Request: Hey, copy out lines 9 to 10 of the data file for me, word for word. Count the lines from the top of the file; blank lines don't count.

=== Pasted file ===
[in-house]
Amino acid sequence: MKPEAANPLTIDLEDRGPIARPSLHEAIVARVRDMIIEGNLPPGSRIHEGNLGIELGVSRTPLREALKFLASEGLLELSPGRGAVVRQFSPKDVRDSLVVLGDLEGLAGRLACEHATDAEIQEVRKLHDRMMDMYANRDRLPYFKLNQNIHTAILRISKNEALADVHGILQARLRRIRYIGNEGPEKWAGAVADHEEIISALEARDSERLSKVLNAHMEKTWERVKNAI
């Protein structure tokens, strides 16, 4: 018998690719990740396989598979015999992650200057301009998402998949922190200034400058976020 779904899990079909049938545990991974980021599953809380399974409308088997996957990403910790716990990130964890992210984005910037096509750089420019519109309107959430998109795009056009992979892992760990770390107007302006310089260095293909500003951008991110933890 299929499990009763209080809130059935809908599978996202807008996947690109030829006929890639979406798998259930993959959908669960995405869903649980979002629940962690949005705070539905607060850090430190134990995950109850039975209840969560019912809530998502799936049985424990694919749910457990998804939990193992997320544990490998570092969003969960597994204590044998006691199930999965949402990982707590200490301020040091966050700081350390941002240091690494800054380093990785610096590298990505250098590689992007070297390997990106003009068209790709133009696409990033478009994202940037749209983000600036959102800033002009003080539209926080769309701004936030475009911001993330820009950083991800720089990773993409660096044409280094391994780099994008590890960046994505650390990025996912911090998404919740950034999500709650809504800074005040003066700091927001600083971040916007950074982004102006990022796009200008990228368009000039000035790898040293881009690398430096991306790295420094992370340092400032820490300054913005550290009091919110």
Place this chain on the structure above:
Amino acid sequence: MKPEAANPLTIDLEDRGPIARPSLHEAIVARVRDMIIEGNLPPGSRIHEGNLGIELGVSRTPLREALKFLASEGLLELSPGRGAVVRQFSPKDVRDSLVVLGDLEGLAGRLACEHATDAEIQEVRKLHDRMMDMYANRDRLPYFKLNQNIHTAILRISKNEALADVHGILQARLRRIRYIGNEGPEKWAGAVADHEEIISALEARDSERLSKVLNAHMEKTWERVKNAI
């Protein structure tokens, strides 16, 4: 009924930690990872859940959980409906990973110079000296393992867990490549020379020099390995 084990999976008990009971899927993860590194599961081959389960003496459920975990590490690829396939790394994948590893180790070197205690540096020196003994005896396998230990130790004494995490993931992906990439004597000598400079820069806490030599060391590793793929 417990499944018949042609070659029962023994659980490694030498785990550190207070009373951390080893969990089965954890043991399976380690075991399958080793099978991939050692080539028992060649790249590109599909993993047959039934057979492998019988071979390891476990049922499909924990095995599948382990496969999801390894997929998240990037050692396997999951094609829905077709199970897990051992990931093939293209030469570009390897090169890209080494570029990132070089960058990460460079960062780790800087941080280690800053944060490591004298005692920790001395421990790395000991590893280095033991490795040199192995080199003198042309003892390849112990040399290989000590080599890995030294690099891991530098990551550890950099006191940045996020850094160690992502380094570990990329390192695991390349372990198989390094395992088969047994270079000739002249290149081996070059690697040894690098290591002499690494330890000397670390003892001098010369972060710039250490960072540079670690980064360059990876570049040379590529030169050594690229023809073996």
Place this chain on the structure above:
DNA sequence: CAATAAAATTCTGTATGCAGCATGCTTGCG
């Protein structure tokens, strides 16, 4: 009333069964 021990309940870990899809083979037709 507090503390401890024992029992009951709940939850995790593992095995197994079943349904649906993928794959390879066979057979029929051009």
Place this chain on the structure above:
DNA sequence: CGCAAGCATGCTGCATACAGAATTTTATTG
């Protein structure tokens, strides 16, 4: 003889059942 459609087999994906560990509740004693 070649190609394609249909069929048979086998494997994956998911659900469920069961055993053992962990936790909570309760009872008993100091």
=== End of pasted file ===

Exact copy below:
């Protein structure tokens, strides 16, 4: 009333069964 021990309940870990899809083979037709 507090503390401890024992029992009951709940939850995790593992095995197994079943349904649906993928794959390879066979057979029929051009």
Place this chain on the structure above: